Applied Digital’s Verichip™, Laboratory Corp. of America


IT’S A DEVELOPMENT THAT INVOKES images from both George Orwell’s 1984 and Aldous Huxley’s Brave New World. An implantable radio frequency identification microchip (RFID) for human use was cleared by the U.S. Food and Drug Administration (FDA) for medical applications in the United States.

On October 13, Applied Digital announced FDA clearance of its VeriChip™ Health Information Microtransponder. About the size of a single grain of rice, the device is inserted under the skin, usually in the triceps area of the upper arm. Each VeriChip has a unique 16-digit number that can be read when a radio scanner is passed over the skin. The 16-digit number is linked to a database through encrypted Internet access.

One human use of the VeriChip is to make a patient’s healthcare information—via the VeriChip data base—available to healthcare providers. After accessing the 16-digit number code from the chip, physicians could then use the Internet to access those medical records. Because a major component of any patient’s medical record is laboratory test data, lab executives and pathologists may want to track the market development of VeriChip.

In recent years, VeriChips have been used to identify pets and live-stock. In one medical demonstration project, 1,000 patients in Mexico received VeriChips. Their blood type and other medical information was included in the database linked to their VeriChip. One unusual use was the implantation of VeriChips in 200 individuals working in the Attorney General’s office in Mexico. The VeriChips were used to grant assess to secure areas where confidential documents and information was stored.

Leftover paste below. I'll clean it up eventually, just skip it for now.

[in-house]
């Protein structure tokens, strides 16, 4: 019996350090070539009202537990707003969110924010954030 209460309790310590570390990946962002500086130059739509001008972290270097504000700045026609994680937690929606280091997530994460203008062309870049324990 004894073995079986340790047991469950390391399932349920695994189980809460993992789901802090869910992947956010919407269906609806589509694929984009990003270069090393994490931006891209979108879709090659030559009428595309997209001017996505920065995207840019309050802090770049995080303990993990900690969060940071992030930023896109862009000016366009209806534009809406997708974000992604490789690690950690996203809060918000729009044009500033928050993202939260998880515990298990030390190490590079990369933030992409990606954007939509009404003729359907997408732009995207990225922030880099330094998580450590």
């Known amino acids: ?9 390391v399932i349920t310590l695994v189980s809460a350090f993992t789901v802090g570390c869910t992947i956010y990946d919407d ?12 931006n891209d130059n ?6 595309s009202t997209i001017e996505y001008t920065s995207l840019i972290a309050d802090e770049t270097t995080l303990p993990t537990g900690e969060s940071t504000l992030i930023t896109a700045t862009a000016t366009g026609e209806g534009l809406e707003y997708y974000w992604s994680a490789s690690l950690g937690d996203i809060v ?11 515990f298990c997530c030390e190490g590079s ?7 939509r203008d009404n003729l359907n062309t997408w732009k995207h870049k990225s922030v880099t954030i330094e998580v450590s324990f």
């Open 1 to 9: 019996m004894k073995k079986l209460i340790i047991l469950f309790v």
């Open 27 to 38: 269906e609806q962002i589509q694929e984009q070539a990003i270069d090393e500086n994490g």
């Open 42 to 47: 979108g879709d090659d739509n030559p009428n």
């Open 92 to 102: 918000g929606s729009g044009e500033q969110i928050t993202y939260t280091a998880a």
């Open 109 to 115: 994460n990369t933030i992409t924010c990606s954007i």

VeriChip is one demonstration of RFID technology. Because it is a device to be implanted in the human body, acceptance by patients and physicians may take some time. However, THE DARK REPORT believes that radio- frequency identification tags will eventually supplant bar code systems in many healthcare applications, including labeling and tracking lab specimens, patient identification, inventory management, and pharmacy uses. The rate of adoption will depend on how fast vendors can reduce the unit cost of the individual RFID tags.


ON OCTOBER 21, 2004, Laboratory Corporation of America announced its earnings for the most recent quarter.

Revenues were up 3.9%, from $752 million in Q3-2003 to $781.5 million in Q3-2004. LabCorp explained that 2% of the growth in revenue was due to increased specimen volume and about 2% was due to higher pricing. It also noted that the four hurricanes which struck across the Southeast during the quarter had impacted the expected volume of business for third quarter.

For the first nine months of 2004, LabCorp’s revenues totaled $2.32 billion, which was a 5% increase over the first nine months of 2003. It stated that “testing volume, measured by accessions, increased approximately 4% and price increased approximately 1%” over the first nine months of 2003.


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